This actually should be a fairly quick post, but one that I have seen a few times over now. It is simply a quick answer to the following question – ‘how can I get a POCO (object) given the Sitecore item?’. Before you question too much, I will also explain why the answer is (mostly) not GlassCast(this Item item). This question crops up reasonably regularly, especially given the number of pipelines / commands where we are presented with the item as an argument. There are actually a few considerations when looking at this question and some better and worse ways of achieving this. This post covers many of the common mistakes I have seen when using Glass Mapper in my implementations.
So now I have gotten my first couple of Sitecore User Group presentations out of the way – I thought I would actually continue on my journey of showing how I use Glass Mapper on the Sitecore platform in real world application.
As you will see from other posts I write – I am very much a TDD advocate. I find it helps focus my mind much better than simply writing code ad-hoc. Also – I hate testing, but love coding – so what better way to get my testing done than coding.
In choosing an ORM, I believe this should be one of your primary criteria since you are going to take some sort of performance hit with it being in the way and for me, trying to justify as just being ‘prettier’ code doesn’t really cut it when you are presenting it to a wider team.
With this in mind, I thought I would kinda tie these two together and look at how I use Glass to perform unit testing on *MY* code.
So – following on the first part in my series on how I have been using Glass Mapper for Sitecore in the real world.
Just a couple of quick notes on Glass Mapper, the Glass Mapper developers have done a great job of writing tutorials on most aspects of Glass, and I expect with recent developments on the project, this will only get better, so please check them out at www.glass.lu.
Firstly – Whilst Glass supports using classes for mapping, I almost always use interfaces to represent my model objects, this is due to their multiple inheritance structure and it allowing better representation of the templates on which they are to be based.
Secondly – I almost always use the fluent configuration API – however… I almost always choose to configure this using my Glass Mapper Maps project (described below)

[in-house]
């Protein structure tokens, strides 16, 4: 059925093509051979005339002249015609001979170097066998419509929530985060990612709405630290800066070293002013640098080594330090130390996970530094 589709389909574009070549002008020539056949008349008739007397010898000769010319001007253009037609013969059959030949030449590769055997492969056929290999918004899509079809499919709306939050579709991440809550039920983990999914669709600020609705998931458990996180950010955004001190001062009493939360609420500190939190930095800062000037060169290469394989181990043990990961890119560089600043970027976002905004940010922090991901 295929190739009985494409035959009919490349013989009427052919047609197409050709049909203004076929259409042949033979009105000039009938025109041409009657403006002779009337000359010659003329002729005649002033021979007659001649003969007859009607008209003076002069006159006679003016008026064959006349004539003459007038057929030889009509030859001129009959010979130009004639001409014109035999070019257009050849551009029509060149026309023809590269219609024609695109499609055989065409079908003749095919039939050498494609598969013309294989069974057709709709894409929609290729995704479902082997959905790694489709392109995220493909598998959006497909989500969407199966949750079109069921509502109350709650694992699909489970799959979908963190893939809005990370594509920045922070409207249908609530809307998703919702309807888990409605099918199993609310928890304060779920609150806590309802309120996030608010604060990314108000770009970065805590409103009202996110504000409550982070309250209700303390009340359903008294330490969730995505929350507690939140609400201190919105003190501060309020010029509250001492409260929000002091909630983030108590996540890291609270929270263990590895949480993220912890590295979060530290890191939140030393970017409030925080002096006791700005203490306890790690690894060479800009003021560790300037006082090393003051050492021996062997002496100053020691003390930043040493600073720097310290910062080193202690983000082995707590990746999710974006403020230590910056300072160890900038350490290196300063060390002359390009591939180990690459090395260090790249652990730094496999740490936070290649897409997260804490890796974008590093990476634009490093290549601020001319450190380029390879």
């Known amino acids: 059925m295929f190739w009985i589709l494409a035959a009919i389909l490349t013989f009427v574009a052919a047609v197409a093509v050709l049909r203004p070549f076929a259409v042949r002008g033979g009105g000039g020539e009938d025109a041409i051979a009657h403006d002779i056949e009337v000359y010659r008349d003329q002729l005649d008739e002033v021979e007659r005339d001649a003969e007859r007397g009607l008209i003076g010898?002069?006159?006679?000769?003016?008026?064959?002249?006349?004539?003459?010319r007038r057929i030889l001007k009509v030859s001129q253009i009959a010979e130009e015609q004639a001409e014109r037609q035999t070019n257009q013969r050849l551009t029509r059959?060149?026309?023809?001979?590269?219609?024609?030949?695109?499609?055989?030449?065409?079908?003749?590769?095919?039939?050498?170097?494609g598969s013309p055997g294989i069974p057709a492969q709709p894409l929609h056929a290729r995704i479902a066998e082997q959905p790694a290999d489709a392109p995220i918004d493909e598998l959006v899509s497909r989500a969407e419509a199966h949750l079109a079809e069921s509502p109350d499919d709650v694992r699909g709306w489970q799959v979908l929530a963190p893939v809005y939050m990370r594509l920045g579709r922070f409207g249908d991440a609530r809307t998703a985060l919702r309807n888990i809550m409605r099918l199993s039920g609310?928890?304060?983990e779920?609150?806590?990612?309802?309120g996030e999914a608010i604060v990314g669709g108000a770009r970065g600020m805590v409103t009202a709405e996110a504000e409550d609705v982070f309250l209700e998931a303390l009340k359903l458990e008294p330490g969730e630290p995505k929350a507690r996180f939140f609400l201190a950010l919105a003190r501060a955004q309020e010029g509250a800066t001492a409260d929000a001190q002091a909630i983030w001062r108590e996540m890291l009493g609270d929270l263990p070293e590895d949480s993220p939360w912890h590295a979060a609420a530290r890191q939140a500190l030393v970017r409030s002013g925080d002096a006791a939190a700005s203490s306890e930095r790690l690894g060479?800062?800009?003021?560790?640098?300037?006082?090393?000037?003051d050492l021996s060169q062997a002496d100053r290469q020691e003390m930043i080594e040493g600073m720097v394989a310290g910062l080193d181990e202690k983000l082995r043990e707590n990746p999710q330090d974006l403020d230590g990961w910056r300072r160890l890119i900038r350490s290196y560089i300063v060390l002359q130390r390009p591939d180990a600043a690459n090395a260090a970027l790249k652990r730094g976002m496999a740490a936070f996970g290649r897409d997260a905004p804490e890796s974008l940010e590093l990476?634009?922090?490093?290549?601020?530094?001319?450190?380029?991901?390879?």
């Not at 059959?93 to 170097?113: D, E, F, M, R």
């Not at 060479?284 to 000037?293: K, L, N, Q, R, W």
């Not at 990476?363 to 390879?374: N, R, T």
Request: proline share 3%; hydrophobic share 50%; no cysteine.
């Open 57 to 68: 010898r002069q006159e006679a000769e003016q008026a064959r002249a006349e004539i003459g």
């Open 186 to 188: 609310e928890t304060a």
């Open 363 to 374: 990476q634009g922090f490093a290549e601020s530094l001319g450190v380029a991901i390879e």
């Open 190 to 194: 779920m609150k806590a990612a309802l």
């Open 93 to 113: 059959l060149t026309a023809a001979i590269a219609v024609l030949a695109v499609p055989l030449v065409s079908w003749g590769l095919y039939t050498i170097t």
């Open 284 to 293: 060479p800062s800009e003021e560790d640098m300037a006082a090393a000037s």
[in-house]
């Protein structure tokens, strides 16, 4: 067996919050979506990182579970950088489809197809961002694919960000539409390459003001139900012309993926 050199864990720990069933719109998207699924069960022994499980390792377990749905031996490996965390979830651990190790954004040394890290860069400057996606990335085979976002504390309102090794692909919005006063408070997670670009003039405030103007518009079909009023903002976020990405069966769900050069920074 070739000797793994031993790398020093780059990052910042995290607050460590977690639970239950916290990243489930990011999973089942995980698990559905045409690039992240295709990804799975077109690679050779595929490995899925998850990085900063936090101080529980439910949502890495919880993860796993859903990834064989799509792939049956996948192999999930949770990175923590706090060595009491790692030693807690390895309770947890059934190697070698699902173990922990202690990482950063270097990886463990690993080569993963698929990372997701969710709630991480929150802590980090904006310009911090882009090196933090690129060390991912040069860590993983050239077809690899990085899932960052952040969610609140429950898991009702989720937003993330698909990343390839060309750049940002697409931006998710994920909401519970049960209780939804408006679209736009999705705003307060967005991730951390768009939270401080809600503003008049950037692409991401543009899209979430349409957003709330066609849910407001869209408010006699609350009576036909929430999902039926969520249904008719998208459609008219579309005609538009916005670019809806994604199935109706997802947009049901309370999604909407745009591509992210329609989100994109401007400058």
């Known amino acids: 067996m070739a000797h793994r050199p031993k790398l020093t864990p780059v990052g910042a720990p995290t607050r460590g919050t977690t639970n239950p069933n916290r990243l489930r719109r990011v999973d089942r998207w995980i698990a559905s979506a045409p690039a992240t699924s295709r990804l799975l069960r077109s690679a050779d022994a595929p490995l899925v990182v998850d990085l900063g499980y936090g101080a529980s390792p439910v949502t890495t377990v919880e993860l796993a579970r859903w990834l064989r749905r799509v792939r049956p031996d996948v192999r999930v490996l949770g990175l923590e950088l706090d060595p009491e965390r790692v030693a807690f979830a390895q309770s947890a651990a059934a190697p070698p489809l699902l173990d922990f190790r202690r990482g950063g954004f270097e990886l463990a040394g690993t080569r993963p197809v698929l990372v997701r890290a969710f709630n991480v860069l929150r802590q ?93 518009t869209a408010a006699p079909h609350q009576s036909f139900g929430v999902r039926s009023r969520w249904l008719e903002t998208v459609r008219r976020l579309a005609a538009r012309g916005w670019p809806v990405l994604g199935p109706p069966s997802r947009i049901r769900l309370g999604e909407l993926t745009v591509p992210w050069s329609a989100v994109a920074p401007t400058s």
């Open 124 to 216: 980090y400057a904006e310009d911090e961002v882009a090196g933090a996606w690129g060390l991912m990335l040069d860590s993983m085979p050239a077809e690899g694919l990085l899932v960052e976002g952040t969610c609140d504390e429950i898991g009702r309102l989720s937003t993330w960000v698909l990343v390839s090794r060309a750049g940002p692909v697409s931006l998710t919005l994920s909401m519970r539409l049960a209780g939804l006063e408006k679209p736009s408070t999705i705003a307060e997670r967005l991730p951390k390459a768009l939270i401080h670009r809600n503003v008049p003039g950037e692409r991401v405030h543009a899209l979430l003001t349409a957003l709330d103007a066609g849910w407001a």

Finally – I like to turn the Automapping feature off for the most part, this is probably because I am a control freak :D.
Glass Mapper Maps
I have been in many discussions with the developers at Glass and I am hoping that this is one of the improvements that they will consider rolling into the product as a whole. Whether this is the case or not – here is what they are and how I use them.
Glass Mapper Maps are a neat solution to isolating the domain objects for use with Glass Mapper. Generally in practice, I start off by creating 2 projects in Visual Studio, these are:
In xxx.Model, I would add my regular domain objects – so, ISitecoreItem, ITitleAndIntro : ISitecoreItem, IMetaData : ISitecoreItem
Agnostic IoC is an abstraction layer to allow modules to utilise an unknown final IoC framework, this means that I can perform my registrations and resolves against Agnostic IoC and it in turn performs them against the container of choice. It does this by means of Nuget Packages.
With Glass Mapper, this means that I can use Glass with multiple clients complying with their restrictions of IoC container – be it Autofac, Unity, NInject, StructureMap or pretty much anything else. It also has the upshot of including it in the project, so any module development I choose can also be portable.
So now when I install Glass I need at least the following Nuget Packages
Wherever you actually want to perform the initialisation for Glass you also need to include the ‘Translator’ package, so for example – Agnostic.IoC.Autofac. You do not need this in any projects that are not performing the initialisation.
For a more in depth description, please visit Agnostic IoC
In the next post I will be looking at getting Glass Mapper up and running in your solution fully.
May I also draw your attention to the fact that the Glass Development team will shortly be offering training and consultancy on their products which I would highly recommend if you get the opportunity.
So you are here because you are either using Glass Mapper or want to know more on how to, particularly on the Sitecore platform. This series will be attempting to relate the use of Glass Mapper to real-world scenario’s which I have encountered, problems I have solved, approaches and / or idea’s on how you could use Glass Mapper in your own Sitecore implementations.
This is the first post in a series that I intend to run looking specifically at my experience of Glass Mapper, starting with what it is, how I use it and some common issues and hopefully a bit on TDD with Glass Mapper on the Sitecore Platform.
I will focus more on the MVC implementation during the course of the series, but Glass Mapper is equally potent and simple to implement when using purely Webforms (though I feel it’s testing benefits are more limited).
I would not knock other ORMs in this space and I hope not to compare Glass to it’s alternatives during the course of this series.